2. A mode that allows interacting with these elements if they happen to be interactive in nature. For instance, JAWS has Forms and Application mode, NVDA has Focus mode. With this mode, a screen reader user can interact with the focused elements. That is a screen reader user will be able to type within a text field, use arrow keys to expand and collapse a tree view or navigate grid cells within a grid.

Switching between Browse/Document mode and Focus/Application mode

Below are few scenarios where a screen reader generally switches between 2 modes. Examples are from Google Search and Google Drive.

Google Search – handling forms

When searching on Google Search, as soon as the page opens, JavaScript on the page sets focus to the search text field. Screen reader user automatically shifts to Focus/Forms mode. In this mode, screen reader user can type into the text field. If at all the focus happens to be in the links at the top of the page, screen reader user can press “e” to move to the search text field. Note that at this point, user will stay in Browse/Document mode. Pressing “enter” or “spacebar” will activate the Focus/Forms mode and allow him to type in the text field. If he doesn’t do this and continues typing , then his focus will jump around the web page considering all the keys as means of quick navigation. Note that this “enter” or “spacebar” is handled by screen reader and not by the browser or JavaScript. Hence the form doesn’t submit.

Google Drive – handling widgets

When logged into Google Drive, the focus is by default set on the grid of files and folders. Screen reader automatically shifts to Focus/Application mode. In this mode, screen reader user can use arrow keys to navigate the cells of a grid. When in Browse/Document mode, the arrow keys just read out content from virtual screen line-by-line or character-by-character. It is important to note the change in behavior of screen reading software in use of arrow keys and quick navigation keys when in Browse/Document mode and when in Focus/Application/Forms mode.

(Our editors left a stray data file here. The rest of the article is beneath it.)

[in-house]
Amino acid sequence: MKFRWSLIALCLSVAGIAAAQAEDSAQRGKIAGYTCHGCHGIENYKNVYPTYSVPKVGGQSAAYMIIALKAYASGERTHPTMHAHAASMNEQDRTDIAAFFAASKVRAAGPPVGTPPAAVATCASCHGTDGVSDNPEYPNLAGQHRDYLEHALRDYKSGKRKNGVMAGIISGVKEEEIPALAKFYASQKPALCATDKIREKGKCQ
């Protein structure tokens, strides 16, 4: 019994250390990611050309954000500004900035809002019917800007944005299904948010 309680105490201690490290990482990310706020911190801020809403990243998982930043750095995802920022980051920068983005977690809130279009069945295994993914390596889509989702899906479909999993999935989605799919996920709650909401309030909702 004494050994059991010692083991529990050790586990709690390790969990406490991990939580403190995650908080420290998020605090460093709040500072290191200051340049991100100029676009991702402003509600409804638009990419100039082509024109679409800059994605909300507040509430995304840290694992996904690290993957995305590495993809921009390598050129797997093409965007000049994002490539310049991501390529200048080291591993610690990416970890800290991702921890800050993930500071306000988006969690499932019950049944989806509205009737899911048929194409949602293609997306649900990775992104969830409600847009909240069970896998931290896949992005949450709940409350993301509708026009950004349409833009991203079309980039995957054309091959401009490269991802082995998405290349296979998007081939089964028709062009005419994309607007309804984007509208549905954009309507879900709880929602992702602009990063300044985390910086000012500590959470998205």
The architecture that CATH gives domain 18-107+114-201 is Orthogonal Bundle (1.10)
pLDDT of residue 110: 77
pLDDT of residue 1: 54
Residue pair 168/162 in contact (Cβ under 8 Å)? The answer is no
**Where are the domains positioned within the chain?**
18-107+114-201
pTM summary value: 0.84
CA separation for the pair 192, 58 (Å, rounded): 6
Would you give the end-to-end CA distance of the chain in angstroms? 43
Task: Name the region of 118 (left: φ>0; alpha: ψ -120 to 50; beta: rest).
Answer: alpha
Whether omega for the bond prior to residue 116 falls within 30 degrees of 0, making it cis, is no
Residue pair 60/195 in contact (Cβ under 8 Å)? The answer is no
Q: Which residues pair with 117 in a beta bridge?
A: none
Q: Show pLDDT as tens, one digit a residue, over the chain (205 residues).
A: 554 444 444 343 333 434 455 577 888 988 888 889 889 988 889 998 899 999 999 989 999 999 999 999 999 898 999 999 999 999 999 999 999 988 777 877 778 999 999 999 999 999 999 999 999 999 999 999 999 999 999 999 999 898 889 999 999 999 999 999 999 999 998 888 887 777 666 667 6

Web Accessibility for screen reader

The Accessibility for web content is also categorized as per the same 2 modes discussed above. Web Content Accessibility Guidelines (WCAG 2.0) are intended to address accessibility issues faced in the Browse mode whereas Accessible Rich Internet Applications (WAI-ARIA ) intends to address accessibility with respect to Application/Focus mode of screen reading software. Although this isn’t a hard and fast rule, this is how the two sets of Accessibility Standards differ from each other.
It is important to understand that while implementing accessibility, both the modes of a screen reading software are properly catered to. To achieve this, one must keep the following in mind.

  1. Screen reading software can read out content in focus.
  2. Screen reader user cannot identify layout as he sees the entire content in top-down sequence when in Browse/Document mode.
  3. If screen reader user needs to be able to use a rich widget, Accessibility is ensured using the WAI-ARIA standards. This allows to switch screen reader into Focus/Application mode.
  4. In either of the two modes, a screen reader user must be notified of
    1. important dynamic changes (e.g. form errors).
    2. Help on using a widget when in Focus/Application mode.
    3. How to switch to Focus/Application mode when in Browse mode.
    4. How to switch to Browse mode when in Focus/Application mode.
  5. When in Browse mode, the web content is easily discoverable (e.g. accessibility of non-text content or implementation of proper page structure).